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Picturing the Balloon Fiesta
Some great art from years past
By Sam Adams [ Sun Oct 2 2011 9:00 AM ]
While I think the Ballooon Fiesta is great, I have a little trouble getting there. First off, I hate getting up early. Second, I don’t like crowds. Third, I like traffic even less than I like crowds—at least you can move around in crowds.
That said, I enjoyed reading a few new books published on the aerial spectacle, and writing those books up in this week’s Alibi. I learned about the late, great Sid Cutter, and also got some tasty anecdotes about shark attacks. Love reading about shark attacks. But my favorite part about the new works was some of the great art the researchers managed to dig up. Whether it was a vacationing penguin balloon channeling his inner Jimmy Buffett or photos from the first balloon launch in Albuquerque back in the late 19th century, the visuals were truly awesome. Here are some highlights that didn’t make it to print:
Balloon book launch party pics
Hors d’oeuvres and hot air
By Summer Olsson [ Wed Jun 15 2011 4:00 PM ]
Last night I attended a release party for a new book about the history of our beloved balloon fiesta, The World Comes to Albuquerque. The soiree was at the Albuquerque Balloon Museum and it was a pretty swanky affair, with a jazz band and lots of cheese plates. I like to stand by those.
The nice folks at the Balloon Museum gave me a free copy of the book. It’s full of dozens of pictures, plus essays from balloonists and a tad about the history of ballooning. I’ll probably review that later, once I have time to read it.
For now, I will review the Balloon Museum itself: beautiful. Nice, futury layout, cool exhibits and great views. The space is little, for a museum, but worth checking out if you haven’t been. I’m definitely going back sometime when there isn’t a social engagement diverting me.
Balloon Fiesta 2010: Hanging from a bubble in the sky
By Marisa Demarco [ Fri Oct 8 2010 11:10 AM ]
I’m good with heights. I love ‘em. I like to dangle a foot over the edge of a ledge. Makes people around me crazy, so I do it when they aren’t looking.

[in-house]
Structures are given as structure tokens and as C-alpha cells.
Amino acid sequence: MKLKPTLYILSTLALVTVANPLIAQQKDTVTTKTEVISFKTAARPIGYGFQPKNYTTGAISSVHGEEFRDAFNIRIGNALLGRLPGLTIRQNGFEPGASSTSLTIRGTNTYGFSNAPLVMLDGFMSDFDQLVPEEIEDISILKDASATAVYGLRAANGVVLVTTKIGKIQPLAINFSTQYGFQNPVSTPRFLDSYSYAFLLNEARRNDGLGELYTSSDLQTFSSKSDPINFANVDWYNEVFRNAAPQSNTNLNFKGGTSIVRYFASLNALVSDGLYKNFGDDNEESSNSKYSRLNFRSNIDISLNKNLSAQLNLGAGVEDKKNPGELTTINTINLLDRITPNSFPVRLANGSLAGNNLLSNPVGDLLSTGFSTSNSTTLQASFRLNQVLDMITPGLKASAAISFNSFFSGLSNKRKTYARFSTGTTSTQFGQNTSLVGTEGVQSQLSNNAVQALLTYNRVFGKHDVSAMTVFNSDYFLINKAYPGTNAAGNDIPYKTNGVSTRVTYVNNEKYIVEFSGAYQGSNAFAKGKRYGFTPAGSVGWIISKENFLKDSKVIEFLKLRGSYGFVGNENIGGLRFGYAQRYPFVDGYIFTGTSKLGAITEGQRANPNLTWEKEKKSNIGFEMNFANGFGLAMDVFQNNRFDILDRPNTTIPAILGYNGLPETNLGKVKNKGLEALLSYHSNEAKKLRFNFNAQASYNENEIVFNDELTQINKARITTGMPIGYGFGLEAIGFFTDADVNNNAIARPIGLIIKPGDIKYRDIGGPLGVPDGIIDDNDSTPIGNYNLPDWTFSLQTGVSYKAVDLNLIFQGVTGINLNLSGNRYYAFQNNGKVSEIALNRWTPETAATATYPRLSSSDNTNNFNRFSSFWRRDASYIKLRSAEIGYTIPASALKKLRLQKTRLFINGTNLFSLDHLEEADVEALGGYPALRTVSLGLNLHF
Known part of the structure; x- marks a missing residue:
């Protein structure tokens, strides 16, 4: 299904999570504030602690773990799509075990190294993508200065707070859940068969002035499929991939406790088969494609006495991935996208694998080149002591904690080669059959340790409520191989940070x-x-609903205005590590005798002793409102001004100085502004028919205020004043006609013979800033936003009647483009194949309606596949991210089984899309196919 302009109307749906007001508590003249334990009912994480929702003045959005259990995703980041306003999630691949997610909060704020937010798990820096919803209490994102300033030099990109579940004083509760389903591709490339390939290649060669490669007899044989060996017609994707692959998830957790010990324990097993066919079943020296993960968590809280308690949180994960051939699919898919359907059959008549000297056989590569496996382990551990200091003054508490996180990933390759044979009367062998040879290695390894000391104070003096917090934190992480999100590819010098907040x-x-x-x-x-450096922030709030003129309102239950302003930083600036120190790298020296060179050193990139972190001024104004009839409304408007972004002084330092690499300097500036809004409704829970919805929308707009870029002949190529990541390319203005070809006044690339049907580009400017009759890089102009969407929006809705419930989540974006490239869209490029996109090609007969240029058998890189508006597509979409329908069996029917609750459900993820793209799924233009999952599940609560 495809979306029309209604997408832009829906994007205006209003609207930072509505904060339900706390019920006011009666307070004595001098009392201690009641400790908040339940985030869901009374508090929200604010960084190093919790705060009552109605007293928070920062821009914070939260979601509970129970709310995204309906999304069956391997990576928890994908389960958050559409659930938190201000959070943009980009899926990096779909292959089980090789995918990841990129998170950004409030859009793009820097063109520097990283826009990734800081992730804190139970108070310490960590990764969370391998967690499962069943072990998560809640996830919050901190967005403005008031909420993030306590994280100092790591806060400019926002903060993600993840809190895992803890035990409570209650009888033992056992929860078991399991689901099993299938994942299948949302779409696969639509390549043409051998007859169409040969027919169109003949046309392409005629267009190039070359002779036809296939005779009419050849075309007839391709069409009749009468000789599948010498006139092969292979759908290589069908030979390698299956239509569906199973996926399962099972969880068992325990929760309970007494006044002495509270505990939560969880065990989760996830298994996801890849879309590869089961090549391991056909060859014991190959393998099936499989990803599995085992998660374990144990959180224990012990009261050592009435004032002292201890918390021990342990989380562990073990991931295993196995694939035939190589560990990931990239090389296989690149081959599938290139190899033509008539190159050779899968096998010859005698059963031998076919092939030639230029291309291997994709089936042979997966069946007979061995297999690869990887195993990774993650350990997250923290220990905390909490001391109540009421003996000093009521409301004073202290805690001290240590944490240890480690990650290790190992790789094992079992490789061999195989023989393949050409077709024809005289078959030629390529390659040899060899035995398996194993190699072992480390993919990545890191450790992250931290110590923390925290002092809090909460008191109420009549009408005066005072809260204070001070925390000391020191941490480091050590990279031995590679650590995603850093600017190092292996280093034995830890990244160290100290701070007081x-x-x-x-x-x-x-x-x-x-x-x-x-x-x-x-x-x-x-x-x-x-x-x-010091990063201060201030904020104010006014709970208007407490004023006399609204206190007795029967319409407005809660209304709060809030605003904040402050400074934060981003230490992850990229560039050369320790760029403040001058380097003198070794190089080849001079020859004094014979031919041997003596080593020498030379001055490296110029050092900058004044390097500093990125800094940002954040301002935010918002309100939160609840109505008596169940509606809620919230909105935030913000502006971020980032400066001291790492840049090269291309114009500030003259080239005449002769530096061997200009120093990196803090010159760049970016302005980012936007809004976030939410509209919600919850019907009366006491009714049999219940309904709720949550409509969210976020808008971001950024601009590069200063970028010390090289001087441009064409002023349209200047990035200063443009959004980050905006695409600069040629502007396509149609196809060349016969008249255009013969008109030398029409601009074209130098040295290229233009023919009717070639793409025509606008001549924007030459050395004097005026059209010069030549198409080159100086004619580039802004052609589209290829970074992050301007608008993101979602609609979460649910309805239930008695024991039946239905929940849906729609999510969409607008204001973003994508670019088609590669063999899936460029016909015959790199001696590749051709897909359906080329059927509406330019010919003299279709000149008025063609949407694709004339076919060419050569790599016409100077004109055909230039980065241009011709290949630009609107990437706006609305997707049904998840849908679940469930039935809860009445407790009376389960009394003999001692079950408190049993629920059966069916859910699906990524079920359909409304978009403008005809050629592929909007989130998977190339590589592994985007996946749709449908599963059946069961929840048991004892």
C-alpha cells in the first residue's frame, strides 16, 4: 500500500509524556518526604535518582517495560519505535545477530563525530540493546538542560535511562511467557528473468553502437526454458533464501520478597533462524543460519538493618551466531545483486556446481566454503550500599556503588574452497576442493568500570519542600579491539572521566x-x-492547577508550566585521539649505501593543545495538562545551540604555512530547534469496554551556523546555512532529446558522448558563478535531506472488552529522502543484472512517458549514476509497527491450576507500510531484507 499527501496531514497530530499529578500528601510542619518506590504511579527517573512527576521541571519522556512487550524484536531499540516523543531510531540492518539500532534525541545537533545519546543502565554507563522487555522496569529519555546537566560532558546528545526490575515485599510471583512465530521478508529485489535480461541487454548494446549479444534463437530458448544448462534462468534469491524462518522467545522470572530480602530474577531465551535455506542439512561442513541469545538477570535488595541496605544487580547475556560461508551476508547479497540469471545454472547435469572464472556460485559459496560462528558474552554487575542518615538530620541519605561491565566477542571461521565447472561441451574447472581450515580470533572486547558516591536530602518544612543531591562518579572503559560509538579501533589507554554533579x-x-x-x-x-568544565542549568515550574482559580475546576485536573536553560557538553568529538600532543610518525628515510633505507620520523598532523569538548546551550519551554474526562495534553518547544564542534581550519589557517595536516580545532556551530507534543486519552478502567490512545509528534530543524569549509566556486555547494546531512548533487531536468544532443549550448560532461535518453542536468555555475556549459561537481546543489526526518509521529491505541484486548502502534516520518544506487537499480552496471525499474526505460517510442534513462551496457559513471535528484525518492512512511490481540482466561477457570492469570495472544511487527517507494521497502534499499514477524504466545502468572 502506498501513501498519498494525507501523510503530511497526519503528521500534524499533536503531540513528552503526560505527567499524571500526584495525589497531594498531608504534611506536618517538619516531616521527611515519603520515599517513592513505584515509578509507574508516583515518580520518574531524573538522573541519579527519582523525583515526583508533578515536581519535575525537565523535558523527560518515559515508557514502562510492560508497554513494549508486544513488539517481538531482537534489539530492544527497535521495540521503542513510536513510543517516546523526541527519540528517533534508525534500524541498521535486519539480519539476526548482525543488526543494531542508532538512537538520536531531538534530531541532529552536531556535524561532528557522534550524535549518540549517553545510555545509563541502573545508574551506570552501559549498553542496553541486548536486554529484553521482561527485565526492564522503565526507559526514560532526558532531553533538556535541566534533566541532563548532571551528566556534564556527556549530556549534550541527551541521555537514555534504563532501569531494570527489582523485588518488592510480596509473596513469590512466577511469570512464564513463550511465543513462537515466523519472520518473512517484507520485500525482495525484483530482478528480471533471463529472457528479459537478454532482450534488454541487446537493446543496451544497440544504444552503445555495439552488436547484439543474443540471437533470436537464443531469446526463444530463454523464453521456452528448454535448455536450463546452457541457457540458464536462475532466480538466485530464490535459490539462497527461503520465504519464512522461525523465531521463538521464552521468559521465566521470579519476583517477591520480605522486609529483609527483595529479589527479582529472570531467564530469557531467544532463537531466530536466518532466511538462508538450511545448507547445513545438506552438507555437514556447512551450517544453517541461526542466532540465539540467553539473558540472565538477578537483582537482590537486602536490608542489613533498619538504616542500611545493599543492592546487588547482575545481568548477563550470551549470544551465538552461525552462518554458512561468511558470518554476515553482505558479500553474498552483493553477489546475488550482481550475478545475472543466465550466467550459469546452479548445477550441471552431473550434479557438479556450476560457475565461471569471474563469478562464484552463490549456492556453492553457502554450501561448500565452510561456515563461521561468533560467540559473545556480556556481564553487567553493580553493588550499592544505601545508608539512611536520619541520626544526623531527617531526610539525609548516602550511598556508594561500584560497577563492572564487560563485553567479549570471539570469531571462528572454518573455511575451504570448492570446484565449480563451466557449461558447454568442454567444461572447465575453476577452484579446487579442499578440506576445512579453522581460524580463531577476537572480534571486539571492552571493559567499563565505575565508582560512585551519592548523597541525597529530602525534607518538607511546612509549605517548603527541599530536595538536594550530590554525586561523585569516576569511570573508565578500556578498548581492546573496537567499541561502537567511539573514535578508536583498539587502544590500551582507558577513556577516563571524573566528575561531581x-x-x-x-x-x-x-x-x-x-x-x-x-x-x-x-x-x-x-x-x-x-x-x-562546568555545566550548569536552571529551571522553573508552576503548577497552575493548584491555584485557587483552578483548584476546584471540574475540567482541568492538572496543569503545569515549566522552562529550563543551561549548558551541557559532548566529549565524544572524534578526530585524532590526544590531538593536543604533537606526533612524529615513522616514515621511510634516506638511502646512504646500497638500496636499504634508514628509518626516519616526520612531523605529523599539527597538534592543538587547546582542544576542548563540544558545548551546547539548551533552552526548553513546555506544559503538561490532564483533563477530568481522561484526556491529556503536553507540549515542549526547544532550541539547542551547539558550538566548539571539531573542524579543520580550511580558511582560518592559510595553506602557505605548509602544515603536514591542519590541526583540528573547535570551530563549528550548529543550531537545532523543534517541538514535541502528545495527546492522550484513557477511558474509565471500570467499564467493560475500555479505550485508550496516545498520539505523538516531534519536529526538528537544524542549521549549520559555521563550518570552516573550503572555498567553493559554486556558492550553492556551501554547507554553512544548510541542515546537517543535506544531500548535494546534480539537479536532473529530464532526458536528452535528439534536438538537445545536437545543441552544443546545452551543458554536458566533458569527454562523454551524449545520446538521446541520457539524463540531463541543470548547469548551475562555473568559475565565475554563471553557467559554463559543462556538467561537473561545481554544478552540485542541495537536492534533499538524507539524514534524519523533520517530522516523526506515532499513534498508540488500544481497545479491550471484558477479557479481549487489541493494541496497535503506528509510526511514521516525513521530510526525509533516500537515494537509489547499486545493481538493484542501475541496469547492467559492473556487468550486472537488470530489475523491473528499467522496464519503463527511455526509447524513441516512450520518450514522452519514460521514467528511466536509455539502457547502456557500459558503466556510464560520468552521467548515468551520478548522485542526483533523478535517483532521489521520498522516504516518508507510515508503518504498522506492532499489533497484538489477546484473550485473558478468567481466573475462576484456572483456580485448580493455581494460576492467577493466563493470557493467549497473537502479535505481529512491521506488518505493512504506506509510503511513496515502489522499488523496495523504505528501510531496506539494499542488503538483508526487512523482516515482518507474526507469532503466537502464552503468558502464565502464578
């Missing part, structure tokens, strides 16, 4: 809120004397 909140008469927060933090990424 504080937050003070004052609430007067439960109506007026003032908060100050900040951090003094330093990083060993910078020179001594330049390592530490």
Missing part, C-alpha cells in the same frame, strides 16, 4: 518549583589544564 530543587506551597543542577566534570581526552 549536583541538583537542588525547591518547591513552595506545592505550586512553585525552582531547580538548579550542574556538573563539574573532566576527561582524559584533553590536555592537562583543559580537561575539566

I’m also good with aircraft. My pops is a private pilot (see also: gyrocopter), and so I’ve spent my share of time in a four-seater airplane. I can even help pilot the thing once it’s in the air.
I’m usually the person trying to calm others down when they’re freaking out about parasailing, or that ride that drops you from the top of a pole at the State Fair.
Yesterday morning, I stepped into the gondola of a hot-air balloon and watched the earth below grow farther and farther away from my feet. It was very quiet, except when pilot Scott Appleman fired the burner. I was staring straight down at the cars below. The wicker of the gondola creaked a little. And that’s when I realized I was standing in a basket.
I got pretty freaked out.
It’s a mistake on my part to think that an engine, metal and seat belts means you’re safer hundereds of feet in the air. I trust those things. A balloon is really just a bunch of nylon, a burner and a basket. And a balloon drifts as high as a single-prop plane, easy. But there are no walls between you and the sky.
When I stopped looking at the ground and began to look around at the city, the horizon, the other balloons, it was fantastic.
Appleman of Rainbow Ryders is a great pilot. There are 31 balloons in the fleet during Fiesta, and the company flies 230 passengers every morning. The rainbow balloons take up a whole row at the grounds. Appleman was participating in the flying competition during our flight, which yesterday was balloon golf. He had to toss a ribbon near a flag pole after angling his balloon just right over the Balloon Fiesta park.
If you ever have the opportunity to get in a hot-air balloon, take it.
This Week's Feature: 2010 Unofficial Balloon Fiesta Guide, Fractal Man’s amazing homegrown flying machine
The Fractal Man's amazing homegrown flying machine! Mathematician has airborne art down to a science.
And, check out our Balloon Fiesta 2010 Schedule, along with parking, pricing, and transportation info.
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